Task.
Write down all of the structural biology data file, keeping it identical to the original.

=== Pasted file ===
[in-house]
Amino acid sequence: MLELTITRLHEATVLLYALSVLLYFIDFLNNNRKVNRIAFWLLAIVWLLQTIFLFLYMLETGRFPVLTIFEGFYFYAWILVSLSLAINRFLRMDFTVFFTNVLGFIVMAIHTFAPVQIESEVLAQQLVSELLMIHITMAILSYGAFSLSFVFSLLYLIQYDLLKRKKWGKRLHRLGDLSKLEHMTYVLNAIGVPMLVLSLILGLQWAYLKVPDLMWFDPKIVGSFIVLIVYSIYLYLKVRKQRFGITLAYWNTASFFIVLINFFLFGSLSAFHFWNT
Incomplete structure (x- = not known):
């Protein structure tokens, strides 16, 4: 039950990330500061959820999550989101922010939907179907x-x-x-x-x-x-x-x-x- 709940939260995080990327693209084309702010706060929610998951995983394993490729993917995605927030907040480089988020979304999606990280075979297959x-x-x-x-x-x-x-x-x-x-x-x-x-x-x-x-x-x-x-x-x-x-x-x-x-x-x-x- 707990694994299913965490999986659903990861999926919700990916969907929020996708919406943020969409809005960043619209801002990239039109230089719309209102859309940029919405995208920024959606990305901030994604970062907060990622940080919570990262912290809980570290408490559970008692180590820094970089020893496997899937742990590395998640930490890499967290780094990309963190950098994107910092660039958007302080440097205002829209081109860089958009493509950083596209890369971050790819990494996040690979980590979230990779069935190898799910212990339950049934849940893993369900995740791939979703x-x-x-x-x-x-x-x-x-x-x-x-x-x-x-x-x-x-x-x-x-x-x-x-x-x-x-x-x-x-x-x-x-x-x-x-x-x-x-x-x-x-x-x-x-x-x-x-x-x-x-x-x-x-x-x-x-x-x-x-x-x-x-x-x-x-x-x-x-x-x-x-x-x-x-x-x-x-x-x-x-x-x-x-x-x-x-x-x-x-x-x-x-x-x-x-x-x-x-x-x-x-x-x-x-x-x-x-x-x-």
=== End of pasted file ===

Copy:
[in-house]
Amino acid sequence: MLELTITRLHEATVLLYALSVLLYFIDFLNNNRKVNRIAFWLLAIVWLLQTIFLFLYMLETGRFPVLTIFEGFYFYAWILVSLSLAINRFLRMDFTVFFTNVLGFIVMAIHTFAPVQIESEVLAQQLVSELLMIHITMAILSYGAFSLSFVFSLLYLIQYDLLKRKKWGKRLHRLGDLSKLEHMTYVLNAIGVPMLVLSLILGLQWAYLKVPDLMWFDPKIVGSFIVLIVYSIYLYLKVRKQRFGITLAYWNTASFFIVLINFFLFGSLSAFHFWNT
Incomplete structure (x- = not known):
């Protein structure tokens, strides 16, 4: 039950990330500061959820999550989101922010939907179907x-x-x-x-x-x-x-x-x- 709940939260995080990327693209084309702010706060929610998951995983394993490729993917995605927030907040480089988020979304999606990280075979297959x-x-x-x-x-x-x-x-x-x-x-x-x-x-x-x-x-x-x-x-x-x-x-x-x-x-x-x- 707990694994299913965490999986659903990861999926919700990916969907929020996708919406943020969409809005960043619209801002990239039109230089719309209102859309940029919405995208920024959606990305901030994604970062907060990622940080919570990262912290809980570290408490559970008692180590820094970089020893496997899937742990590395998640930490890499967290780094990309963190950098994107910092660039958007302080440097205002829209081109860089958009493509950083596209890369971050790819990494996040690979980590979230990779069935190898799910212990339950049934849940893993369900995740791939979703x-x-x-x-x-x-x-x-x-x-x-x-x-x-x-x-x-x-x-x-x-x-x-x-x-x-x-x-x-x-x-x-x-x-x-x-x-x-x-x-x-x-x-x-x-x-x-x-x-x-x-x-x-x-x-x-x-x-x-x-x-x-x-x-x-x-x-x-x-x-x-x-x-x-x-x-x-x-x-x-x-x-x-x-x-x-x-x-x-x-x-x-x-x-x-x-x-x-x-x-x-x-x-x-x-x-x-x-x-x-």